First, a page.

There’s a very good chance that right now you’re seated in a swiveling, ergonomic chair on wheels, staring at a computer screen, reading these digital words within three or four flimsy chest-high walls, just beyond which is another person who’s seated in a swiveling, ergonomic chair on wheels, staring at a computer screen, reading other digital words within three or four flimsy chest-high walls, just beyond which is another person … and so on, and so on, and so on. That is, there’s a good chance you’re one of 40 million Americans that now spend at least eight hours each Monday through Friday in something called a cubicle.
And if you’ve ever wanted to know how you and your so-called colleagues ended up spending a good portion of your lives inside a cubicle, then you’ll most definitely want to check out Cubed: A Secret History of the Workplace, by n+1 editor Nikil Saval, who, according to the New York Times, is a “vigorous,” “thoughtful” writer “above the rank of most nonfiction authors,” in part because “he doesn’t merely present information” but also “turns each new fact over in his mind, right in front of you, holding it to the light.” In other words, give that man a raise.
In any case:
When [Saval] discovers that half of Americans report that their bathrooms are larger than their cubicles … he writes: “One wonders to what extent the extravagant growth of the American bathroom, and of the suburban home in general, is partly a reaction against the shrinking of cubicles, where the owners of those bathrooms spend so much of their time.”
And according to Book Forum, “Saval’s opus” is a “lush, funny, and unexpectedly fascinating history of the workplace,” and the author's extensive research and ability to cook up an interesting tale warrant some extra PTO, among other things.
Saval deserves a lifetime supply of Advil, not just for the almost perverse depth of his headache-inducing research—the Proceedings of the 1935 Conference of the National Office Management Association! the Intel International Science and Engineering Fair! the Secret History of the Aeron Chair!—but also for the heroic effort he undertakes in successfully weaving his disparate dry-as-toast sources into genuine entertainment.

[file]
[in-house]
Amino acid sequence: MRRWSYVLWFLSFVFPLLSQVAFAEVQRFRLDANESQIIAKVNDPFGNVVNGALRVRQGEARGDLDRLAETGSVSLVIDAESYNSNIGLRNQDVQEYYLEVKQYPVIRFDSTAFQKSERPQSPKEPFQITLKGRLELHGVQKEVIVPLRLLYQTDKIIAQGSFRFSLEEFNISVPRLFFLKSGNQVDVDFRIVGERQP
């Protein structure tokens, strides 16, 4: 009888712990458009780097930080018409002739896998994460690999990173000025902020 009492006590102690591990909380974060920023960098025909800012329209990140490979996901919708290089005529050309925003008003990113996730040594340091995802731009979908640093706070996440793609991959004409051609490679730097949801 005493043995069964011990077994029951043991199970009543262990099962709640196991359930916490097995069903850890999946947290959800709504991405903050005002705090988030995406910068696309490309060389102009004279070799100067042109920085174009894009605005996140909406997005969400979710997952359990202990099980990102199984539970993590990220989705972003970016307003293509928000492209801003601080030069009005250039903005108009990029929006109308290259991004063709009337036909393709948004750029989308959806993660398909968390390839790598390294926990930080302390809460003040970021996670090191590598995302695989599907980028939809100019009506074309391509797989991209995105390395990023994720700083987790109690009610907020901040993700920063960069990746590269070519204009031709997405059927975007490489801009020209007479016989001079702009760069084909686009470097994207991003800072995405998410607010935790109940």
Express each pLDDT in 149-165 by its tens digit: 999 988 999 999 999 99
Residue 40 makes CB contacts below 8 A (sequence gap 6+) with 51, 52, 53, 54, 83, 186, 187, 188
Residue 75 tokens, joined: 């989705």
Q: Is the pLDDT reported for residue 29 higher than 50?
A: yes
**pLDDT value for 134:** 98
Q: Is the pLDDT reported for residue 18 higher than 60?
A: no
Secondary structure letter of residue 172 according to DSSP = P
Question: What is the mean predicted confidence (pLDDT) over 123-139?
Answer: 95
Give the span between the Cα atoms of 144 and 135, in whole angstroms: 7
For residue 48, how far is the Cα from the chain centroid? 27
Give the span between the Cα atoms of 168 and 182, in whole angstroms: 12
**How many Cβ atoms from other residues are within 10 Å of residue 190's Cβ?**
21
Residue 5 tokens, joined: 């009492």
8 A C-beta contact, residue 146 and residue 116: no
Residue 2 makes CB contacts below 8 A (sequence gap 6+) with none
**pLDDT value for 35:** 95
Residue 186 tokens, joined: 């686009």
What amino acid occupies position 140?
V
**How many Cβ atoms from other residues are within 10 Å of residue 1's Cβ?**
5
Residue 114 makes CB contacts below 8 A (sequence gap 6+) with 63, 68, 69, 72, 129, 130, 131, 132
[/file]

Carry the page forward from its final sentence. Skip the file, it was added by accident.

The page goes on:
However, according to Slate, Cubed isn’t much more than a plain piece of bread—until, that is, it nears its end. That’s when Saval begins to address more serious matters, such as the “worrisome future of work”—the “irreversible loss in stability, the increasingly prevalent notion that you can’t depend on a job for more than a few months.”
The New Republic also gives Cubed mixed reviews, while pointing out:
Saval is of course aware that he’s telling the story of the office at a moment when it’s in flux. Personal computing and the Internet have made telecommuting feasible and the freelance economy is growing, so that many people who would have labored in a cubicle a generation ago now do their jobs at home or in coffee shops. [And Saval] accepts the precarious life of the freelancer as preferable to that of the old-fashioned cube-dweller. He criticizes “organizations that insist on hierarchy” and praises “the willingness of workers to discard status privileges like desks and offices.”
Meanwhile, most reviewers of Saval’s book agree that, irrespective of office design, not much has changed in several decades when it comes to employee happiness. Office with door, cubicle, open-office plan, home office, coffee shop communal table … they all still produce the same end result: a great number of disgruntled worker bees working for the man.
To that end, here, perhaps apropos, on the penultimate day of National Poetry Month, is the great American poet Walt Whitman, in 1865, describing U.S. office workers (the following passage appears near the beginning of Saval’s book):
… a slender and round-shouldered generation, of minute leg, chalky face and hollow chest … trig and prim in great glow of shiny boots, clean shirts—sometimes, just now, of extraordinary patterns, as if over-run with bugs!—tight pantaloons … and hair all soaked and ‘slickry’ with sickening oils … what wretched, spindling, ‘forked radishes’ would they be, and how ridiculously would their natty demeanor appear if suddenly they could all be stript naked?
Okay, reading break’s over, now back on your heads!
Follow me @VaultFinance.
The Office Space We Love to Hate (NYT)
Why Do Our Offices Make Us So Miserable? (New Republic)
Little Workers in Pretty Boxes (Slate)
It’s a Living (Book Forum)
The Revolution Against Open-Office Plans Has Begun (Vault)